Songs Upon the Rivers: The Buried His­tory of the French-Speak­ing Cana­di­ens and Métis from the Great Lakes and the Mis­sis­sippi across to the Pa­cific

Canada's History - - BOOKS - Re­viewed by Jennifer S.H. Brown, pro­fes­sor emer­i­tus at the Univer­sity of Win­nipeg.

by Robert Fox­cur­ran, Michel Bouchard, and Sébastien Malette Baraka Books, 440 pages, $34.95

This book is a ma­jor un­der­tak­ing from three au­thors who are di­verse in their in­ter­ests and ex­pe­ri­ence. Robert Fox­cur­ran, based in Seat­tle, Wash­ing­ton, is an in­de­pen­dent his­to­rian with a busi­ness back­ground. Michel Bouchard, pro­fes­sor of an­thro­pol­ogy at the Univer­sity of North­ern Bri­tish Columbia, com­bines re­search in­ter­ests in French North Amer­ica with a

fo­cus on Rus­sian-speak­ing di­as­po­ras and on na­tion­al­ism and eth­nic­ity. Sébastien Malette, of Métis and French-Cana­dian her­itage, teaches law at Car­leton Univer­sity and works with the Métis Fed­er­a­tion of Canada, which was formed four years ago with the pur­pose of rep­re­sent­ing all Métis in Canada.

The au­thors’ sense of mis­sion is well ar­tic­u­lated in their subti­tle. Two in­ter­twined con­cerns an­i­mate their work. First, they seek to re­trieve the “for­got­ten his­tory” of “the French-speak­ing pop­u­la­tions that had shaped the des­tiny of the United States and Canada,” ar­gu­ing that “the his­tory of the French [Cana­dien] set­tlers and their role in the mak­ing of the United States has been so thor­oughly buried that it goes to­tally un­no­ticed.” Amer­i­can writ­ers, fo­cused on an­glo­phone he­roes, have ex­hib­ited “a col­lec­tive will­ful blind­ness” to Cana­dien/Métis his­tor­i­cal con­tri­bu­tions, of­ten re­gard­ing them as “half-in­di­g­e­nized and of shady loy­alty.” Sec­ond, in the Cana­dian con­text, the au­thors chal­lenge the dom­i­nance of “an overly sim­plis­tic, lin­ear and evo­lu­tion­ary model of Métis na­tion­hood,” which negates both “the col­lec­tive ex­is­tence of all Métis be­yond the scope of what amounts to Red River Métis na­tion­al­ism” and “other po­lit­i­cal ex­pres­sions through which Métis have shared col­lec­tive sen­ti­ments and group iden­ti­ties.” Their po­lit­i­cal stance is clear.

The book’s re­search, drawn mainly from sec­ondary and In­ter­net sources, rather than archival sources, is ex­ten­sive, although some works that could have helped its ar­gu­ments have been omit­ted. In nine de­tailed and sub­stan­tial chap­ters, the au­thors trace the his­to­ries of French­s­peak­ing traders, set­tlers, mis­sion­ar­ies, and other mi­grants with Que­bec and In­dige­nous roots across the Great Lakes to the Michi­gan and Illi­nois ter­ri­to­ries, the Mis­sis­sippi and Mis­souri wa­ter­sheds, and the Pa­cific North­west.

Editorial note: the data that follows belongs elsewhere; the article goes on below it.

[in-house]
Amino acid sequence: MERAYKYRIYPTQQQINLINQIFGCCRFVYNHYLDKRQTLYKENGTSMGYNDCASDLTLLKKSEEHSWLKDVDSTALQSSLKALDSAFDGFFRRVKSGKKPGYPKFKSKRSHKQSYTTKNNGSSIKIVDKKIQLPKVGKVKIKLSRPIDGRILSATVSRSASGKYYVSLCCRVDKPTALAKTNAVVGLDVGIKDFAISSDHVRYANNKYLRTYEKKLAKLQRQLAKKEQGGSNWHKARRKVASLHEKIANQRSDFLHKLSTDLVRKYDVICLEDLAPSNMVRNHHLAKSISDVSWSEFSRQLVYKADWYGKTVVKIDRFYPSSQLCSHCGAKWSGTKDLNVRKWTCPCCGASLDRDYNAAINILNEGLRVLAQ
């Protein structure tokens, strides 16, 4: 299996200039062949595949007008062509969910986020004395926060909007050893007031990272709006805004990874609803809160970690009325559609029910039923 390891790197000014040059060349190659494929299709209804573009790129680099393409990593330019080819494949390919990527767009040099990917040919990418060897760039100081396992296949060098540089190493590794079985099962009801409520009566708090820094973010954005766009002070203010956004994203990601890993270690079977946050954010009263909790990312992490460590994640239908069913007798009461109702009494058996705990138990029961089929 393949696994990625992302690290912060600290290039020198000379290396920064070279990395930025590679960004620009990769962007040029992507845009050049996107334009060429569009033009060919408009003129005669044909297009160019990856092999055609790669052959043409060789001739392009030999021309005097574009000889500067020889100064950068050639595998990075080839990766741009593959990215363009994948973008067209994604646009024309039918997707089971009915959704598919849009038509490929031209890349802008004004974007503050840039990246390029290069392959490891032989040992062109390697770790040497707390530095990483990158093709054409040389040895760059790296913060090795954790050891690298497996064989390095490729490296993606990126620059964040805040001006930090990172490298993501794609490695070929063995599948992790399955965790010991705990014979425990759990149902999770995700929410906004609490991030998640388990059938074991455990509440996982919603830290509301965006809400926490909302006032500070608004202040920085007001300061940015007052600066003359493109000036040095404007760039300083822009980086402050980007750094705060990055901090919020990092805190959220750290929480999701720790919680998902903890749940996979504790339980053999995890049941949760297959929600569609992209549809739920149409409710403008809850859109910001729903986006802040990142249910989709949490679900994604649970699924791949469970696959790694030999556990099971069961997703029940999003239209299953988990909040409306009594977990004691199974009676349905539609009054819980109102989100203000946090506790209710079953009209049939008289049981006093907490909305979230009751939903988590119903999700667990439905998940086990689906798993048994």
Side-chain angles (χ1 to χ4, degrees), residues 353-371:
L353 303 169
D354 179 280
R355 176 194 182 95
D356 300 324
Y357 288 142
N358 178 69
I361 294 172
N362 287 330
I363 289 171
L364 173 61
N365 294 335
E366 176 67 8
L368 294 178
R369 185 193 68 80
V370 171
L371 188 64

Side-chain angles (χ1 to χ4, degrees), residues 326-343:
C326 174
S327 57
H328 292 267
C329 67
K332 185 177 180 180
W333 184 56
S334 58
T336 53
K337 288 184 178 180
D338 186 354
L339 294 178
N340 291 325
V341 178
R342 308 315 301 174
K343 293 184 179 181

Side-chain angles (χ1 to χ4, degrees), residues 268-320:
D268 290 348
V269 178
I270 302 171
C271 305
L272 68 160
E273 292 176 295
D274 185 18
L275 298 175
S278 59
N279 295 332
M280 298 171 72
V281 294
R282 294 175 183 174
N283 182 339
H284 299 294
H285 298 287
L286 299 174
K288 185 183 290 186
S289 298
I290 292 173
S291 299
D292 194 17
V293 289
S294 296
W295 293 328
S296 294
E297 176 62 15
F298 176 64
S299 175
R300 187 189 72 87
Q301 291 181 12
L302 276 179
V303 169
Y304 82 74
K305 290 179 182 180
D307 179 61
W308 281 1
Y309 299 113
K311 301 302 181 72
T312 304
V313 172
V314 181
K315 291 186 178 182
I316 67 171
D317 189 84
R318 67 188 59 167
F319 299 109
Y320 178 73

Near the end, the au­thors pro­pose a con­struc­tive model for con­cep­tu­al­iz­ing Métis iden­ti­ties — one with which they could have use­fully framed their ar­gu­ment at the be­gin­ning of the book. They ar­gue that the mem­bers of Métis com­mu­ni­ties across the re­gions have all borne “mul­ti­ple group iden­ti­ties, while main­tain­ing a suf­fi­cient de­gree of cul­tural co­her­ence stem­ming from their … fu­sion of In­dige­nous and mainly Cana­dien voyageur cul­ture.” To vi­su­al­ize the con­tours of this “pre­dom­i­nantly French-Cana­dien-Métis iden­tity across North Amer­ica,” they in­voke a rhi­zomatic model, draw­ing upon the im­age of the honey fun­gus, a mush­room in Ore­gon that spreads un­der­ground over a large area through a tu­ber-like root sys­tem that may ex­tend for kilo­me­tres.

Each Métis com­mu­nity, they af­firm, “was con­nected by lan­guage, cul­ture, and kin­ship to other such com­mu­ni­ties of­ten sep­a­rated by hun­dreds or thou­sands of miles.” Hav­ing “no true cen­tre,” the peo­ple were linked by “a barely vis­i­ble mass of threads” grounded in cul­ture, mem­ory, and kin­ship.

I am sym­pa­thetic to this im­agery. How­ever, the out­look it ex­presses is not en­tirely novel. “The Métis Land­scape,” the fron­tispiece map in The New Peo­ples: Be­ing and Be­com­ing Métis in North Amer­ica (a book I co-edited with Jacqueline Peter­son) — along with the broad, bor­der­cross­ing scope of the es­says in­cluded in that book — presages some of the ar­gu­ments pre­sented here. So too does re­cent work by some other schol­ars.

The au­thors of Songs Upon the Rivers at times take a dis­mis­sive view of cer­tain other schol­ars’ works, im­part­ing a more neg­a­tive tone than is needed. They also might have paid more heed to the bi­ases of some of the older sources they have used to make their points. The et­y­mol­ogy of var­i­ous eth­nonyms — Métis, Michif, Cre­ole, half- breed, and oth­ers — could use deeper his­tor­i­cal study. The book also needed at­ten­tive edit­ing; there are too many ty­pos and ob­scure sen­tences, and in­for­ma­tion some­times gets re­peated, partly be­cause some chap­ters over­lap in con­tent.

The text is rich in in­for­ma­tion, but it is not a quick or easy read. The in­dex is of high qual­ity, though it misses some top­ics, such as lan­guage or ref­er­ences to the songs fea­tured in the ti­tle — which re­ally de­serve more at­ten­tion! Over­all, how­ever, Songs Upon the Rivers is a valu­able con­tri­bu­tion, il­lu­mi­nat­ing ar­eas of North Amer­i­can Cana­dien and Métis his­tory that have lin­gered too long in the shad­ows of larger na­tional nar­ra­tives.

Newspapers in English

Newspapers from Canada

© PressReader. All rights reserved.